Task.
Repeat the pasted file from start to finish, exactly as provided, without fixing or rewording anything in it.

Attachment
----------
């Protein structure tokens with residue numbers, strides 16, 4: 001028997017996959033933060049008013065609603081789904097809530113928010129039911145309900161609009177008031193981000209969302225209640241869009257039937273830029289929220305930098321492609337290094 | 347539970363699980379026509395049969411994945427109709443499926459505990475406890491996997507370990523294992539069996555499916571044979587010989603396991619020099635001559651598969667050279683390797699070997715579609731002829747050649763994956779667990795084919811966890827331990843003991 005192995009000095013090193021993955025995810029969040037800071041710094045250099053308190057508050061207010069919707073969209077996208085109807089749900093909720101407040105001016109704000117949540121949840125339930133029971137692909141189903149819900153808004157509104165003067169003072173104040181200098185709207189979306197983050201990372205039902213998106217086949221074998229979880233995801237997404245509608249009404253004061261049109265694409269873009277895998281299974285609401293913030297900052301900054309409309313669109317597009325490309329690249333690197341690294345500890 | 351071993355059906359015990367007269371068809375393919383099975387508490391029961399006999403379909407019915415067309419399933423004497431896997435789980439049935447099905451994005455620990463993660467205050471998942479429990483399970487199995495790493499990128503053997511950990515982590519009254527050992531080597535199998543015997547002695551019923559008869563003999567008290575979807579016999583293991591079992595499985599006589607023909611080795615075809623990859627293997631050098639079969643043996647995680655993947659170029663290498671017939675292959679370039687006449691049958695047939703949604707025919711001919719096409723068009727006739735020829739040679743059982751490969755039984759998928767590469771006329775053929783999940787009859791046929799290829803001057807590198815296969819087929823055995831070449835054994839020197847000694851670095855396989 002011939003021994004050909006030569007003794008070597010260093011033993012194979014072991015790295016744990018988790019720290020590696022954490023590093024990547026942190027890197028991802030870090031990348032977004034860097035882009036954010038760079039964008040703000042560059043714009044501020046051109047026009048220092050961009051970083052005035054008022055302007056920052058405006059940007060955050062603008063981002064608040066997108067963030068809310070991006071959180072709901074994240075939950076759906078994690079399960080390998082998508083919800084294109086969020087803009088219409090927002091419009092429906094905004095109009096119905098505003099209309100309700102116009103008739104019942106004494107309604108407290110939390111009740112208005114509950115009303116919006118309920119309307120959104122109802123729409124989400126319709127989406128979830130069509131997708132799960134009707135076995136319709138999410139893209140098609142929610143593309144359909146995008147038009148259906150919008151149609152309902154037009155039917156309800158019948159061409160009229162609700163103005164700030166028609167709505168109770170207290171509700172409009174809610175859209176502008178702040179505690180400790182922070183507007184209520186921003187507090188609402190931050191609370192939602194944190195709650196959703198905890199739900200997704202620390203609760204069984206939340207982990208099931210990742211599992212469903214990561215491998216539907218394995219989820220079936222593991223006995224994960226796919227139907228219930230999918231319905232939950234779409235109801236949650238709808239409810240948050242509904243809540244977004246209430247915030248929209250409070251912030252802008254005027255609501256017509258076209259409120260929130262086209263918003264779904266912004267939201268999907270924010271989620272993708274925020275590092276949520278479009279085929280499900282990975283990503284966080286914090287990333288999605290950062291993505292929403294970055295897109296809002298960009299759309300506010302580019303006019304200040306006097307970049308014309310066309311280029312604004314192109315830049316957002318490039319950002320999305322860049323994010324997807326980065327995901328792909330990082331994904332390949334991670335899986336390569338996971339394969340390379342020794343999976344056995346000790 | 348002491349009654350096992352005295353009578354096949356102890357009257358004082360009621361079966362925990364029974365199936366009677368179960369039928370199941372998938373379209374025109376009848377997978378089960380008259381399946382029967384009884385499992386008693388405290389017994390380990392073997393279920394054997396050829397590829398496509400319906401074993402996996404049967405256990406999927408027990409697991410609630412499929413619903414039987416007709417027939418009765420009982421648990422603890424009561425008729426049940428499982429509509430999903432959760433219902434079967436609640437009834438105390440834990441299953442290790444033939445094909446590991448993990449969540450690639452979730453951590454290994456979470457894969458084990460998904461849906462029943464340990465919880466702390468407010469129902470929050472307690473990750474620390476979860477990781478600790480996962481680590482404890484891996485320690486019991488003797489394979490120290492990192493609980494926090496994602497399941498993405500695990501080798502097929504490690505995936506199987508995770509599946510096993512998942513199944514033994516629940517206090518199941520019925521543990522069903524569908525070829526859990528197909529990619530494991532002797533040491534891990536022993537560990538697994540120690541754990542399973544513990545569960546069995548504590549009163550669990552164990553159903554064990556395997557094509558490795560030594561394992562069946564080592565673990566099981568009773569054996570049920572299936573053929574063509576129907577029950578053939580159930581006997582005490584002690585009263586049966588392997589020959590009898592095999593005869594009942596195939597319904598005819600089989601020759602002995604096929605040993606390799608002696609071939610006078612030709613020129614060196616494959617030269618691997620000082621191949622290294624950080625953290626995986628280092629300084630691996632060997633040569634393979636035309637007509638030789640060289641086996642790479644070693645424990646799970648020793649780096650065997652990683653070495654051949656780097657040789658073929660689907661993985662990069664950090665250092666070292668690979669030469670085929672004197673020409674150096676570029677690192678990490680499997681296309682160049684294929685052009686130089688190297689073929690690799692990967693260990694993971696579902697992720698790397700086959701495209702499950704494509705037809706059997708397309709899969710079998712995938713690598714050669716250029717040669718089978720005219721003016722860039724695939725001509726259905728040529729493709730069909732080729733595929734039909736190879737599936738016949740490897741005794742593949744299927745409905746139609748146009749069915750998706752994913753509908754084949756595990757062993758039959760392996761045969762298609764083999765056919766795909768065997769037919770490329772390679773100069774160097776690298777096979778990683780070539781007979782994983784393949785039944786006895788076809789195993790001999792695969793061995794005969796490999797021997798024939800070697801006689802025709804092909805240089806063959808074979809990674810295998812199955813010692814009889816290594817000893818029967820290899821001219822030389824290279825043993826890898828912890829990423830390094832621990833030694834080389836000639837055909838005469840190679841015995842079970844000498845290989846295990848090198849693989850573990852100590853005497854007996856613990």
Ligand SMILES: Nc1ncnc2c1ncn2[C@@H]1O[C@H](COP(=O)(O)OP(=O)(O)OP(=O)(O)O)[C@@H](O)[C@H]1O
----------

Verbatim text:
């Protein structure tokens with residue numbers, strides 16, 4: 001028997017996959033933060049008013065609603081789904097809530113928010129039911145309900161609009177008031193981000209969302225209640241869009257039937273830029289929220305930098321492609337290094 | 347539970363699980379026509395049969411994945427109709443499926459505990475406890491996997507370990523294992539069996555499916571044979587010989603396991619020099635001559651598969667050279683390797699070997715579609731002829747050649763994956779667990795084919811966890827331990843003991 005192995009000095013090193021993955025995810029969040037800071041710094045250099053308190057508050061207010069919707073969209077996208085109807089749900093909720101407040105001016109704000117949540121949840125339930133029971137692909141189903149819900153808004157509104165003067169003072173104040181200098185709207189979306197983050201990372205039902213998106217086949221074998229979880233995801237997404245509608249009404253004061261049109265694409269873009277895998281299974285609401293913030297900052301900054309409309313669109317597009325490309329690249333690197341690294345500890 | 351071993355059906359015990367007269371068809375393919383099975387508490391029961399006999403379909407019915415067309419399933423004497431896997435789980439049935447099905451994005455620990463993660467205050471998942479429990483399970487199995495790493499990128503053997511950990515982590519009254527050992531080597535199998543015997547002695551019923559008869563003999567008290575979807579016999583293991591079992595499985599006589607023909611080795615075809623990859627293997631050098639079969643043996647995680655993947659170029663290498671017939675292959679370039687006449691049958695047939703949604707025919711001919719096409723068009727006739735020829739040679743059982751490969755039984759998928767590469771006329775053929783999940787009859791046929799290829803001057807590198815296969819087929823055995831070449835054994839020197847000694851670095855396989 002011939003021994004050909006030569007003794008070597010260093011033993012194979014072991015790295016744990018988790019720290020590696022954490023590093024990547026942190027890197028991802030870090031990348032977004034860097035882009036954010038760079039964008040703000042560059043714009044501020046051109047026009048220092050961009051970083052005035054008022055302007056920052058405006059940007060955050062603008063981002064608040066997108067963030068809310070991006071959180072709901074994240075939950076759906078994690079399960080390998082998508083919800084294109086969020087803009088219409090927002091419009092429906094905004095109009096119905098505003099209309100309700102116009103008739104019942106004494107309604108407290110939390111009740112208005114509950115009303116919006118309920119309307120959104122109802123729409124989400126319709127989406128979830130069509131997708132799960134009707135076995136319709138999410139893209140098609142929610143593309144359909146995008147038009148259906150919008151149609152309902154037009155039917156309800158019948159061409160009229162609700163103005164700030166028609167709505168109770170207290171509700172409009174809610175859209176502008178702040179505690180400790182922070183507007184209520186921003187507090188609402190931050191609370192939602194944190195709650196959703198905890199739900200997704202620390203609760204069984206939340207982990208099931210990742211599992212469903214990561215491998216539907218394995219989820220079936222593991223006995224994960226796919227139907228219930230999918231319905232939950234779409235109801236949650238709808239409810240948050242509904243809540244977004246209430247915030248929209250409070251912030252802008254005027255609501256017509258076209259409120260929130262086209263918003264779904266912004267939201268999907270924010271989620272993708274925020275590092276949520278479009279085929280499900282990975283990503284966080286914090287990333288999605290950062291993505292929403294970055295897109296809002298960009299759309300506010302580019303006019304200040306006097307970049308014309310066309311280029312604004314192109315830049316957002318490039319950002320999305322860049323994010324997807326980065327995901328792909330990082331994904332390949334991670335899986336390569338996971339394969340390379342020794343999976344056995346000790 | 348002491349009654350096992352005295353009578354096949356102890357009257358004082360009621361079966362925990364029974365199936366009677368179960369039928370199941372998938373379209374025109376009848377997978378089960380008259381399946382029967384009884385499992386008693388405290389017994390380990392073997393279920394054997396050829397590829398496509400319906401074993402996996404049967405256990406999927408027990409697991410609630412499929413619903414039987416007709417027939418009765420009982421648990422603890424009561425008729426049940428499982429509509430999903432959760433219902434079967436609640437009834438105390440834990441299953442290790444033939445094909446590991448993990449969540450690639452979730453951590454290994456979470457894969458084990460998904461849906462029943464340990465919880466702390468407010469129902470929050472307690473990750474620390476979860477990781478600790480996962481680590482404890484891996485320690486019991488003797489394979490120290492990192493609980494926090496994602497399941498993405500695990501080798502097929504490690505995936506199987508995770509599946510096993512998942513199944514033994516629940517206090518199941520019925521543990522069903524569908525070829526859990528197909529990619530494991532002797533040491534891990536022993537560990538697994540120690541754990542399973544513990545569960546069995548504590549009163550669990552164990553159903554064990556395997557094509558490795560030594561394992562069946564080592565673990566099981568009773569054996570049920572299936573053929574063509576129907577029950578053939580159930581006997582005490584002690585009263586049966588392997589020959590009898592095999593005869594009942596195939597319904598005819600089989601020759602002995604096929605040993606390799608002696609071939610006078612030709613020129614060196616494959617030269618691997620000082621191949622290294624950080625953290626995986628280092629300084630691996632060997633040569634393979636035309637007509638030789640060289641086996642790479644070693645424990646799970648020793649780096650065997652990683653070495654051949656780097657040789658073929660689907661993985662990069664950090665250092666070292668690979669030469670085929672004197673020409674150096676570029677690192678990490680499997681296309682160049684294929685052009686130089688190297689073929690690799692990967693260990694993971696579902697992720698790397700086959701495209702499950704494509705037809706059997708397309709899969710079998712995938713690598714050669716250029717040669718089978720005219721003016722860039724695939725001509726259905728040529729493709730069909732080729733595929734039909736190879737599936738016949740490897741005794742593949744299927745409905746139609748146009749069915750998706752994913753509908754084949756595990757062993758039959760392996761045969762298609764083999765056919766795909768065997769037919770490329772390679773100069774160097776690298777096979778990683780070539781007979782994983784393949785039944786006895788076809789195993790001999792695969793061995794005969796490999797021997798024939800070697801006689802025709804092909805240089806063959808074979809990674810295998812199955813010692814009889816290594817000893818029967820290899821001219822030389824290279825043993826890898828912890829990423830390094832621990833030694834080389836000639837055909838005469840190679841015995842079970844000498845290989846295990848090198849693989850573990852100590853005497854007996856613990």
Ligand SMILES: Nc1ncnc2c1ncn2[C@@H]1O[C@H](COP(=O)(O)OP(=O)(O)OP(=O)(O)O)[C@@H](O)[C@H]1O